Ontario new “working at heights” standard stalled

The recent election in Ontario seems to have held up the new Occupational Health and Safety Fall Standards from becoming law July 1st. Finally, a break for the Ontario construction industry from the bombardment it’s been getting lately.

This delay gives everyone some time, but when this new standard does arrive, the cost of taking the courses will be more expensive and take more time, so right now is a good time for you to sneak in and take the existing course. CARAHS has been busy running extra Fall courses at its Pickering office on Fridays to help keep up with the extra volume.

Once the new fall standard become law (expected August 1st) it will become a two-module course. Everyone has to take Module One which, under the prescribed Ministry of Labour (MOL) laws, must run at least three hours. Module Two is a practical course for those who use items like ladders or work above eight feet. Module Two cannot run less than 3 1/2 hours and in this course you receive classroom demonstration and hands-on teaching in how to use items such as harnesses, lifelines, rope grabs, safety nets, barriers and ladders. You’ll also learn what not to buy, as all safety equipment must have CSA approval.

The day these two new standard courses become law, its also changes training methods. All trainers from that day forward will be stopped from training, until they are approved  and certified again through the MOL. All approved  trainers will be listed on the MOL web site.

This is a huge change for everyone and it all started on Christmas Eve 2009, when four workers died after they fell 13 stories when their suspended staging collapsed from under them. Within a 90 day period, the MOL blitzed 2,800 work sites in Ontario and closed down 784. The MOL handed out violation fines for items like missing or incorrect use of guardrails, faulty scaffolding, lack of worker training and/or proof of training, improper ladder use and unsafe work practices on flat roofs, platforms, runways and ramps.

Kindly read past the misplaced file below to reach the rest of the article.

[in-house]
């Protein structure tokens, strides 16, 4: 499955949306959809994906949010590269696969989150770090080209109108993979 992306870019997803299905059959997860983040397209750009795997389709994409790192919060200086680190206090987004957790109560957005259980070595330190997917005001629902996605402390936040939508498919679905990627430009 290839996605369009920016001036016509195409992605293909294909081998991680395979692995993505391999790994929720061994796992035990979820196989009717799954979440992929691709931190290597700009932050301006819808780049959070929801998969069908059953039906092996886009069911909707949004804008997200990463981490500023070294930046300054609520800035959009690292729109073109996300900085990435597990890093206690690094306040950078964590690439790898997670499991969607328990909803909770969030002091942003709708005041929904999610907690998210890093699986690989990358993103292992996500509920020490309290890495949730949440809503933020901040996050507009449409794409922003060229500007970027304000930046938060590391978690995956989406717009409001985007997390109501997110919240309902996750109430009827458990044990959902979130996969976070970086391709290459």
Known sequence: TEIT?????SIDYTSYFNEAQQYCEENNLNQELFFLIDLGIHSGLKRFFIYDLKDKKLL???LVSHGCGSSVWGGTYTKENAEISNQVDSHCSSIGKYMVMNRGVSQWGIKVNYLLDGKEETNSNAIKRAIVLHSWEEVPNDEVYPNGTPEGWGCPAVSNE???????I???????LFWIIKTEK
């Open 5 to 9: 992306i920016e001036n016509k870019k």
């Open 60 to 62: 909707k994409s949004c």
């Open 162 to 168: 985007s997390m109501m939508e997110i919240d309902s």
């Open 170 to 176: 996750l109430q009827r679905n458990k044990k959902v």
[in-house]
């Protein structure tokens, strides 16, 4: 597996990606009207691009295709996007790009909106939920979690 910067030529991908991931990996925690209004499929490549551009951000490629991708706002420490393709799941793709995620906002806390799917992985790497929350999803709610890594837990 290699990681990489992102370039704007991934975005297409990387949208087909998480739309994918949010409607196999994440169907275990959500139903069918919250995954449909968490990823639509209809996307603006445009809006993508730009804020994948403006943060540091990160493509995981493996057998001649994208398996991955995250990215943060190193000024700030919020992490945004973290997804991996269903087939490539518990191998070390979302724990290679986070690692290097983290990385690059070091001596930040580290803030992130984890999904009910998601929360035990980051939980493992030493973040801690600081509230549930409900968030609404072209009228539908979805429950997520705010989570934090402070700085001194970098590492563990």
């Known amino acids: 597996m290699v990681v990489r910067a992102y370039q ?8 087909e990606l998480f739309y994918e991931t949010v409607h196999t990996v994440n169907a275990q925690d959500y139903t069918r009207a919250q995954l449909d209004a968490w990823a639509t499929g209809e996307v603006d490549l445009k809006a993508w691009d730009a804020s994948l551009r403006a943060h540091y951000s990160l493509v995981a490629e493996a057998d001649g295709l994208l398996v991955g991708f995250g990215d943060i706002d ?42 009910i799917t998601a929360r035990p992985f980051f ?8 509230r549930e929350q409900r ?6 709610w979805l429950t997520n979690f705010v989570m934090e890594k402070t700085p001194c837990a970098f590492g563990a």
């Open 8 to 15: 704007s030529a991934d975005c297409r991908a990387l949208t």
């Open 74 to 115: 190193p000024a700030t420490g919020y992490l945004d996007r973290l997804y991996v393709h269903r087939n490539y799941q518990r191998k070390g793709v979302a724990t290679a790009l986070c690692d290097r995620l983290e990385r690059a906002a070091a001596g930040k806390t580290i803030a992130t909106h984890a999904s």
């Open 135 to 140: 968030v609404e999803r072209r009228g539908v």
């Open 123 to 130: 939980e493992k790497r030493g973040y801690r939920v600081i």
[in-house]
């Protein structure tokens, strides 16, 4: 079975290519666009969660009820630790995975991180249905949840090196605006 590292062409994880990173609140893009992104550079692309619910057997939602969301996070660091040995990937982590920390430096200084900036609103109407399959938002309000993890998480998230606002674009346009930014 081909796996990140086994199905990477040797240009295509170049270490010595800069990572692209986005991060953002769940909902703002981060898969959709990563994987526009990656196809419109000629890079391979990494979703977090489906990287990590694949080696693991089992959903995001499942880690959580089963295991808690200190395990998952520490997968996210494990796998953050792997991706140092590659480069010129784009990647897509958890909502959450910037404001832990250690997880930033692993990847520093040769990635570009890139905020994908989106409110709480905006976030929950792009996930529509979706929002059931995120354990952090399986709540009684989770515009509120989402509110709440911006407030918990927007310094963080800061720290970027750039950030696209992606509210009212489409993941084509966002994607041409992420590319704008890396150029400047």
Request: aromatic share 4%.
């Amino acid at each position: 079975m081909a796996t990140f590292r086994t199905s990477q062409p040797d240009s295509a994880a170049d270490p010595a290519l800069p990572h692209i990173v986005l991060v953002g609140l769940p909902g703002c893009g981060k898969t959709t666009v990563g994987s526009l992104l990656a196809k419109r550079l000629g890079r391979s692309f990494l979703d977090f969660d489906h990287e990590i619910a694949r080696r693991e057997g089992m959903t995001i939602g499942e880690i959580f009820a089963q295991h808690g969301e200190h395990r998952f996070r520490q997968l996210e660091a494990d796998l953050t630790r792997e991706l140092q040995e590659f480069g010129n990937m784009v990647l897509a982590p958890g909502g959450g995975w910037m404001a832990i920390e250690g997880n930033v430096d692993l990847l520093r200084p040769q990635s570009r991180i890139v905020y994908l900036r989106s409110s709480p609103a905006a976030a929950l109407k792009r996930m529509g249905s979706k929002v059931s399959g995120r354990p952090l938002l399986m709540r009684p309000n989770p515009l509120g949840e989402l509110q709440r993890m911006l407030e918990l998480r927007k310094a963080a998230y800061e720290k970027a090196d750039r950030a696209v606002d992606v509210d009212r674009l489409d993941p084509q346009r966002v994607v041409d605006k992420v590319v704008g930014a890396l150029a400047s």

Change comes with pain, but no greater than what these unfortunate guys suffered that fateful Christmas Eve day in 2009. This I re-mention in memory of them.

As I write this article on June 23rd, another construction worker falls to his death from the 26th floor on a Toronto job site. He was in his late 20s, according Toronto Police. The Ministry of Labour has been notified and has dispatched an inspector to the scene.  Another family in morning, another son lost.

 

CARAHS was founded as a non-profit association to advocate and mentor independent self employed renovators and home services (Canadian Association of Renovators and Home Services)

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CARAHS has over 130 online Health & Safety e-courses

READ ARTICLE at the: Canadian Contractor magazine

 

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